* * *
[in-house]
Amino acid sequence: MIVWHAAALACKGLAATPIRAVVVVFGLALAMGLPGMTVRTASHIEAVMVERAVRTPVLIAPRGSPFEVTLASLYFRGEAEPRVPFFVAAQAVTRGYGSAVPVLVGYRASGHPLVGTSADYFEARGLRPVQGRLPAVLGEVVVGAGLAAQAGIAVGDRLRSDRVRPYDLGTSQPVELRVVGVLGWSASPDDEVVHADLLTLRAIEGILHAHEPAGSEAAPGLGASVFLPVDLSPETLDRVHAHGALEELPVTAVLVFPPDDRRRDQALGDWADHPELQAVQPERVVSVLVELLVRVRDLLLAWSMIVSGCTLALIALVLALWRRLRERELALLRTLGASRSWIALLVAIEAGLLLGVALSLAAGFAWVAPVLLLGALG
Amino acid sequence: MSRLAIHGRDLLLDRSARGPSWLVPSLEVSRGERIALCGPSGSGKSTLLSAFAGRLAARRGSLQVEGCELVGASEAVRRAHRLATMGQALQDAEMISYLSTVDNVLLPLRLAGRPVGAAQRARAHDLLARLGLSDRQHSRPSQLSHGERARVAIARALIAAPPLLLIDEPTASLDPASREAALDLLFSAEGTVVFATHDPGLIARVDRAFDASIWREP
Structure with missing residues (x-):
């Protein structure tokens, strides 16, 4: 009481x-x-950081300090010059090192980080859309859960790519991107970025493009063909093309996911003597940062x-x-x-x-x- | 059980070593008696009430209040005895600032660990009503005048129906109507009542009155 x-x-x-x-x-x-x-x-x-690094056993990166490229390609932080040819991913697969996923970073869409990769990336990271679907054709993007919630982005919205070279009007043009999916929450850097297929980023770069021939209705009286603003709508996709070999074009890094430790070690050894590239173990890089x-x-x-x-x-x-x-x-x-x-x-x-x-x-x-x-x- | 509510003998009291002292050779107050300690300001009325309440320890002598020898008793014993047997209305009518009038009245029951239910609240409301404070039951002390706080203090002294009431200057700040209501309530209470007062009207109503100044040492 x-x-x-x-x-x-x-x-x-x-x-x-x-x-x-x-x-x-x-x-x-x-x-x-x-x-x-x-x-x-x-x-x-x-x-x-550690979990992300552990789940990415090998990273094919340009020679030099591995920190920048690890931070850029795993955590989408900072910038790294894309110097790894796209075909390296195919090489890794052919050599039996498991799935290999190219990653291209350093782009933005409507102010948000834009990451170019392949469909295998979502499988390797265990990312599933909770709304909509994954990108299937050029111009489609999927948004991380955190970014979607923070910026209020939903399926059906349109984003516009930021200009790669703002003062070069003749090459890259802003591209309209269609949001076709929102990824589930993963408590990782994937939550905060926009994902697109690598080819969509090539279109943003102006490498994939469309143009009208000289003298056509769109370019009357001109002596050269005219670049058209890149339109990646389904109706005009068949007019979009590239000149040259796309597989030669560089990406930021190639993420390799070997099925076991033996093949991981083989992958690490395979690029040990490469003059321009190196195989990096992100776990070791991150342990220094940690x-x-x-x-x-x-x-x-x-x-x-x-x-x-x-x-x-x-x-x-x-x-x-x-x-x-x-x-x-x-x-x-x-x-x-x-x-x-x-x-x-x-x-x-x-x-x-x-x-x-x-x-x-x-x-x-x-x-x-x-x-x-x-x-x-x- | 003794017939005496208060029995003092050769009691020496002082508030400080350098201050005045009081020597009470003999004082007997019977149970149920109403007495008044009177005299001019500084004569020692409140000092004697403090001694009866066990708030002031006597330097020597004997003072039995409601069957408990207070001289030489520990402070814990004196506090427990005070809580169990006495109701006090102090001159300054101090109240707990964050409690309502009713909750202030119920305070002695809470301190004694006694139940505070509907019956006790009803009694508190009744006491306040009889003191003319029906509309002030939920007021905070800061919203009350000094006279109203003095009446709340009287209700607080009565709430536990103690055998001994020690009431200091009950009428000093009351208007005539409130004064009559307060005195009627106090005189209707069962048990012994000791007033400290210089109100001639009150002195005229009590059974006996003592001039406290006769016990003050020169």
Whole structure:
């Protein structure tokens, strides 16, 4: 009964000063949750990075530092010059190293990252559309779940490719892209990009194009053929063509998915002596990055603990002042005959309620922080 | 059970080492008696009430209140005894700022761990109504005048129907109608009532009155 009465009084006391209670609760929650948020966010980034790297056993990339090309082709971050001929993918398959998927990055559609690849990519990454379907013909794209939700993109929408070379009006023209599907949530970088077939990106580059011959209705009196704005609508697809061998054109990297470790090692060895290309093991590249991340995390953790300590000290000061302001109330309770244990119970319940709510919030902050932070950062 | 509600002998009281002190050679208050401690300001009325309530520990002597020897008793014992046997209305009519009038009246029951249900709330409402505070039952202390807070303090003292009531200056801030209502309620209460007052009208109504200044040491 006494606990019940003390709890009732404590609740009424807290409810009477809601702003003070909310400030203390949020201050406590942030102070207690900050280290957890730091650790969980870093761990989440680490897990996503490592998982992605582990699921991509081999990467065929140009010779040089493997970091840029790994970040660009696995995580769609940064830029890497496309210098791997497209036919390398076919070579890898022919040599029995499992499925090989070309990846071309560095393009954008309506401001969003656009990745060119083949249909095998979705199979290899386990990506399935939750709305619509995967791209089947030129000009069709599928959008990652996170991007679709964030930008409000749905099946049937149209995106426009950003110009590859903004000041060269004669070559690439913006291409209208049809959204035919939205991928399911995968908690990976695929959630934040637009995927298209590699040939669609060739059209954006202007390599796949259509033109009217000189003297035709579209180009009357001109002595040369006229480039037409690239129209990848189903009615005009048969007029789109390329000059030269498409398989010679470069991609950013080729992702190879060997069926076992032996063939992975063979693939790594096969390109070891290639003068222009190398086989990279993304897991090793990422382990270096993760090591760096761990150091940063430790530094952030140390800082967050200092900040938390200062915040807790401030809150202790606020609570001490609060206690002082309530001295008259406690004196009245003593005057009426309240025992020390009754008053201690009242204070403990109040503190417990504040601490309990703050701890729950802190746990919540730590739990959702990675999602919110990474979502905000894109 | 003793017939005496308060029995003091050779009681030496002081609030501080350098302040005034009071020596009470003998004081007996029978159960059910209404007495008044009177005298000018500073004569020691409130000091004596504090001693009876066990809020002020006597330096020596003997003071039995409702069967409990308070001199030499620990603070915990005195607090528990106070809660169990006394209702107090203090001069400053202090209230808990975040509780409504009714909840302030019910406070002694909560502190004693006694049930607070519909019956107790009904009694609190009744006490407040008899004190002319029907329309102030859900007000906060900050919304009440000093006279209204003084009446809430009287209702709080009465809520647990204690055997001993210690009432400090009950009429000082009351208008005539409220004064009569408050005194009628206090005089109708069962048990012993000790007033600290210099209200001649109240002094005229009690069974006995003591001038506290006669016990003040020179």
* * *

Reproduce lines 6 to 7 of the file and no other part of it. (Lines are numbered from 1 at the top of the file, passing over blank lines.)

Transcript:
Whole structure:
């Protein structure tokens, strides 16, 4: 009964000063949750990075530092010059190293990252559309779940490719892209990009194009053929063509998915002596990055603990002042005959309620922080 | 059970080492008696009430209140005894700022761990109504005048129907109608009532009155 009465009084006391209670609760929650948020966010980034790297056993990339090309082709971050001929993918398959998927990055559609690849990519990454379907013909794209939700993109929408070379009006023209599907949530970088077939990106580059011959209705009196704005609508697809061998054109990297470790090692060895290309093991590249991340995390953790300590000290000061302001109330309770244990119970319940709510919030902050932070950062 | 509600002998009281002190050679208050401690300001009325309530520990002597020897008793014992046997209305009519009038009246029951249900709330409402505070039952202390807070303090003292009531200056801030209502309620209460007052009208109504200044040491 006494606990019940003390709890009732404590609740009424807290409810009477809601702003003070909310400030203390949020201050406590942030102070207690900050280290957890730091650790969980870093761990989440680490897990996503490592998982992605582990699921991509081999990467065929140009010779040089493997970091840029790994970040660009696995995580769609940064830029890497496309210098791997497209036919390398076919070579890898022919040599029995499992499925090989070309990846071309560095393009954008309506401001969003656009990745060119083949249909095998979705199979290899386990990506399935939750709305619509995967791209089947030129000009069709599928959008990652996170991007679709964030930008409000749905099946049937149209995106426009950003110009590859903004000041060269004669070559690439913006291409209208049809959204035919939205991928399911995968908690990976695929959630934040637009995927298209590699040939669609060739059209954006202007390599796949259509033109009217000189003297035709579209180009009357001109002595040369006229480039037409690239129209990848189903009615005009048969007029789109390329000059030269498409398989010679470069991609950013080729992702190879060997069926076992032996063939992975063979693939790594096969390109070891290639003068222009190398086989990279993304897991090793990422382990270096993760090591760096761990150091940063430790530094952030140390800082967050200092900040938390200062915040807790401030809150202790606020609570001490609060206690002082309530001295008259406690004196009245003593005057009426309240025992020390009754008053201690009242204070403990109040503190417990504040601490309990703050701890729950802190746990919540730590739990959702990675999602919110990474979502905000894109 | 003793017939005496308060029995003091050779009681030496002081609030501080350098302040005034009071020596009470003998004081007996029978159960059910209404007495008044009177005298000018500073004569020691409130000091004596504090001693009876066990809020002020006597330096020596003997003071039995409702069967409990308070001199030499620990603070915990005195607090528990106070809660169990006394209702107090203090001069400053202090209230808990975040509780409504009714909840302030019910406070002694909560502190004693006694049930607070519909019956107790009904009694609190009744006490407040008899004190002319029907329309102030859900007000906060900050919304009440000093006279209204003084009446809430009287209702709080009465809520647990204690055997001993210690009432400090009950009429000082009351208008005539409220004064009569408050005194009628206090005089109708069962048990012993000790007033600290210099209200001649109240002094005229009690069974006995003591001038506290006669016990003040020179």